The historic town of Telluride sits near the end of a picturesque box canyon surrounded by majestic 14,000-foot peaks. Little more than a mile and a half long, the town seems much bigger than its diminutive size suggests. The town’s core with its Victorian houses, brick buildings, and storefront facades is well-preserved because of its designation as a National Historic Landmark District in 1964. The listing is the highest possible by the Secretary of the Interior’s Office. It is extremely rare that an entire town has retained much of its historic flavor, and it makes for a very unique experience.
The town is a menagerie of colorful Victorian homes, delectable restaurants, designer boutiques, art galleries, outfitters, historic buildings, parks and more. In the winter, you can access the world-class ski resort from one of the ski lifts that terminate in town or by the gondola. There are also opportunities for Nordic skiing as well as snowshoeing nearly at your doorstep. During the summer, there are festivals and events nearly every week. Recreational opportunities abound with hiking, biking, fly-fishing, camping, 4x4ing, running and more in and around town.
At over 9,500 of elevation, Mountain Village stands in contrast to the historic town of Telluride. The town was founded in 1986 to serve the growing ski resort. The Village Core is home to shops, restaurants, hotels, office space, homes, and condominiums designed around a European-style village with cobblestone plazas, European street lamps and even red British telephone boxes. Ski runs intersect much of the town, and give direct access to the slopes for many residences. Mountain Village is contemporary alpine sophistication in counterpart to the rustic charm that is the Town of Telluride.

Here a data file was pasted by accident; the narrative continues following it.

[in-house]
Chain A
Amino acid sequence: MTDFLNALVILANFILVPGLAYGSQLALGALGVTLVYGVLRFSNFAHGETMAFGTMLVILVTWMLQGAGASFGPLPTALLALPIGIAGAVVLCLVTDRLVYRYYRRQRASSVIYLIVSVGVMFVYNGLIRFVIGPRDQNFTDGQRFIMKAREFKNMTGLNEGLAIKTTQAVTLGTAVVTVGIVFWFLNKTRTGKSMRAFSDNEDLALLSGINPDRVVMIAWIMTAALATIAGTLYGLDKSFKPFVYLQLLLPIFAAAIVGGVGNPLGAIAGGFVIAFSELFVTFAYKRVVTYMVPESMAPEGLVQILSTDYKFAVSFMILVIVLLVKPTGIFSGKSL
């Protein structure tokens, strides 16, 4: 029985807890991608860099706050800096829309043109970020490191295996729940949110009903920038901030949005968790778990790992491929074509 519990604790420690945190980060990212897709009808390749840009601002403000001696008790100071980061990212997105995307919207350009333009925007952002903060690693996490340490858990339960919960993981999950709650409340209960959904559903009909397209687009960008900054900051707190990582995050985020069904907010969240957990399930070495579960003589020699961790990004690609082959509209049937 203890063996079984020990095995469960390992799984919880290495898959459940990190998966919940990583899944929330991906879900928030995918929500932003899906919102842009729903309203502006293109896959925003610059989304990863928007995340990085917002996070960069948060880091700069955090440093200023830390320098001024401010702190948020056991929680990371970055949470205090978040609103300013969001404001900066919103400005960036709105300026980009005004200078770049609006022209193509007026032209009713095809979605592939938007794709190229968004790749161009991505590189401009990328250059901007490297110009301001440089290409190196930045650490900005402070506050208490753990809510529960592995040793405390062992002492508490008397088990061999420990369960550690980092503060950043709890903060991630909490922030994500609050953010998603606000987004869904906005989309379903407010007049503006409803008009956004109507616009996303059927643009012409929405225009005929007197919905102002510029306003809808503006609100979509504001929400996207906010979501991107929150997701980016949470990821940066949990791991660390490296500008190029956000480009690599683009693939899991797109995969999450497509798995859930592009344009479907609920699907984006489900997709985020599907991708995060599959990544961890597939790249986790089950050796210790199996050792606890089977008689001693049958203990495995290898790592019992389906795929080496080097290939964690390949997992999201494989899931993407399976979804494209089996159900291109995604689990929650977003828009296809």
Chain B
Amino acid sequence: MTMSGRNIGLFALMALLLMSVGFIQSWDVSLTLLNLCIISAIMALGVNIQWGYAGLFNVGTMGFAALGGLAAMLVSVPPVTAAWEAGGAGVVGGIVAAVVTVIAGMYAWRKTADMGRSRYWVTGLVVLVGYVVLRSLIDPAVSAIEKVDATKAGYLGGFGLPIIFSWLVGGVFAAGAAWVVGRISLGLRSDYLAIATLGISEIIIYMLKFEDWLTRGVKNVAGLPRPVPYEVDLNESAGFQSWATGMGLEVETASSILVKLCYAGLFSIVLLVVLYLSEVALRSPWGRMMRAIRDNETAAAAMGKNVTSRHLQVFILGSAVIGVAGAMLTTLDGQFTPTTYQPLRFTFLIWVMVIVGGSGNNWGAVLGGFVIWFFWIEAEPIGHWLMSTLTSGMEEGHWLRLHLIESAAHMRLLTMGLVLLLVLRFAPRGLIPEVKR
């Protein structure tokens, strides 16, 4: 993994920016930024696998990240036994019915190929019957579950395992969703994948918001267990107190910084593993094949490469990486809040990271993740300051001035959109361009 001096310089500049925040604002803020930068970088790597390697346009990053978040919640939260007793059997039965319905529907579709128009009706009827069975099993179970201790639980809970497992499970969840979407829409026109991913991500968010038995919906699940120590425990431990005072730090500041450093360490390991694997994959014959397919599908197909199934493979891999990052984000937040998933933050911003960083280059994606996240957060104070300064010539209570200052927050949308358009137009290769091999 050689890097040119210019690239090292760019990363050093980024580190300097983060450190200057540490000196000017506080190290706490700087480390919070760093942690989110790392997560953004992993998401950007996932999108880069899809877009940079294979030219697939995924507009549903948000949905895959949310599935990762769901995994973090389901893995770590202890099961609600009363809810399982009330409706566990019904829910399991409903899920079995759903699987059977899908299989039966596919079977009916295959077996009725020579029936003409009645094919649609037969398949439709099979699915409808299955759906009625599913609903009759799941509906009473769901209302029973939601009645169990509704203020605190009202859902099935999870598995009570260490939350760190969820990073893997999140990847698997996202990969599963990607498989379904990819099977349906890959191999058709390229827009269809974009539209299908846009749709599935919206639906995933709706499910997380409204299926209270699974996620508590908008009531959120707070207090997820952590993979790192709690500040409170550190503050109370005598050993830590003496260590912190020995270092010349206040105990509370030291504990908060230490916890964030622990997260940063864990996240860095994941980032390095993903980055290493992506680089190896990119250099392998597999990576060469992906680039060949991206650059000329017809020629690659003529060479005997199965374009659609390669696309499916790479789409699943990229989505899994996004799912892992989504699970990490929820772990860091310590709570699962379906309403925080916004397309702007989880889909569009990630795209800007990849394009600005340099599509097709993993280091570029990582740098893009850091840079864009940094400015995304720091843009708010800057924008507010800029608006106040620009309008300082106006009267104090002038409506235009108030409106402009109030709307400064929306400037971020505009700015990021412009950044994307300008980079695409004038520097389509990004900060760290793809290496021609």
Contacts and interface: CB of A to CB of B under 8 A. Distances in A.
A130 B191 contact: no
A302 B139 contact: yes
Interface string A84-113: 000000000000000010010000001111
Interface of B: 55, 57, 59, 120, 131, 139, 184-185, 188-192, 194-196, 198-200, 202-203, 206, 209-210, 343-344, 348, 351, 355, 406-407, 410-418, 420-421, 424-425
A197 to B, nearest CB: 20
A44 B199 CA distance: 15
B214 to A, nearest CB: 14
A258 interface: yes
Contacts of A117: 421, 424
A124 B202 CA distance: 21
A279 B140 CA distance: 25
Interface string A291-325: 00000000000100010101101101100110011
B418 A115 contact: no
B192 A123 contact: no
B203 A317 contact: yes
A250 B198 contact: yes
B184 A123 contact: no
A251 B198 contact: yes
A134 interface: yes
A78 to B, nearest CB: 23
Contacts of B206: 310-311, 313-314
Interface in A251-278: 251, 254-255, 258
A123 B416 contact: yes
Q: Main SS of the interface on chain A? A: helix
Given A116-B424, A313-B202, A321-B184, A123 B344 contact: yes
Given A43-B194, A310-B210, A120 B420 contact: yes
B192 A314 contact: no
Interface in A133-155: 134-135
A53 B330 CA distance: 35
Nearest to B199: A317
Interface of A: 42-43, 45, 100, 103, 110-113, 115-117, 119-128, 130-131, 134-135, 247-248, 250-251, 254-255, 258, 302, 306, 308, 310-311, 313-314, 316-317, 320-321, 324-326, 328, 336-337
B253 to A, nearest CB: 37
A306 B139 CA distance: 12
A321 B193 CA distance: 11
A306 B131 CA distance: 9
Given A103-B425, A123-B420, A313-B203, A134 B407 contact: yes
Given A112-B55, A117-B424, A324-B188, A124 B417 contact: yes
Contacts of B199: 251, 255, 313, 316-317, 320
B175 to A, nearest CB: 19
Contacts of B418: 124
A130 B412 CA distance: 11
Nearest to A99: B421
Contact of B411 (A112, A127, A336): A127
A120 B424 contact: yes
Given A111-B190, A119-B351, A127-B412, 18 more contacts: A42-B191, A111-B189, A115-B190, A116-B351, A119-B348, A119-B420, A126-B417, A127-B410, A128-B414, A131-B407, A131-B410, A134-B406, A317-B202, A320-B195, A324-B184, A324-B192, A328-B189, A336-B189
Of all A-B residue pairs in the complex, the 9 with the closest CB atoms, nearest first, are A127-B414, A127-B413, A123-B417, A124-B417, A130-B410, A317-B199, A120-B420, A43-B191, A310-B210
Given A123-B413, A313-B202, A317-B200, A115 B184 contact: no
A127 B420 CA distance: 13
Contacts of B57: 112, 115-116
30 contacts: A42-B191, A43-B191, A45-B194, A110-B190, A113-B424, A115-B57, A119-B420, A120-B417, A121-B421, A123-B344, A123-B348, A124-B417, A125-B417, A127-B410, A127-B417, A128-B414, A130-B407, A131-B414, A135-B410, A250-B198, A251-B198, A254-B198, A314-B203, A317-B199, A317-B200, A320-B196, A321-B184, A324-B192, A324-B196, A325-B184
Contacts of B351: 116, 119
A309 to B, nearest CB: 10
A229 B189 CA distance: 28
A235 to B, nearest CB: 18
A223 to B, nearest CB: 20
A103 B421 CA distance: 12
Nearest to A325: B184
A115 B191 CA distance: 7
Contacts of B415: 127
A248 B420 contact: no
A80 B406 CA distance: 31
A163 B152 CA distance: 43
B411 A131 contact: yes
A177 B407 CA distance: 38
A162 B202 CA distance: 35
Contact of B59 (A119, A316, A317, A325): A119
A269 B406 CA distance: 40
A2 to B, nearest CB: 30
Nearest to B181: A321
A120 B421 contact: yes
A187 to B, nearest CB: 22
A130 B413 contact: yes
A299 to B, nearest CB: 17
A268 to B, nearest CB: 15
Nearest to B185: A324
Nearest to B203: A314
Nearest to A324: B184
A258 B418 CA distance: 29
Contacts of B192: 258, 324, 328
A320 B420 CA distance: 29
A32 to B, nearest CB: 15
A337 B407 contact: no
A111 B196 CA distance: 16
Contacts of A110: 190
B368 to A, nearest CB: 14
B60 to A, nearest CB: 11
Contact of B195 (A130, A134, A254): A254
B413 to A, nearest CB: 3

In 1995 Mountain Village became incorporated into its own government. The town’s full time year-round residents number around 1,400. Mountain Village has become a progressive community with green initiatives, energy conservation, recycling and sustainable growth. In the winter, the village serves as the hub for the ski resort with events, activities and outdoor recreation such as skiing, snowshoeing, Jingle Jam, Nordic skiing, Cool Sculpt, ice-skating, holiday activities as well as many other things to do. Summer brings many other happenings, entertainment and recreation opportunities including a summer concert series, downhill bike park, golf, hiking, disc golf, bouldering, fishing, festivals, a farmer’s market and much more.
The gondola was built to not only transport skiers in the winter and bikers and hikers during the summer, but also to link the towns of Telluride and Mountain Village. Affectionately known as the “G”, it became the first and only free public transportation system of its kind in the United States. The trip between the two towns is an approximately 13-minute, spectacularly scenic ride from Mountain Village Station to San Sophia Station at 10,500 feet, then into Telluride at the Oak Street Station. The gondola runs seven days a week from 7 a.m. to midnight in summer and winter. The gondola does close for maintenance in late spring and late autumn.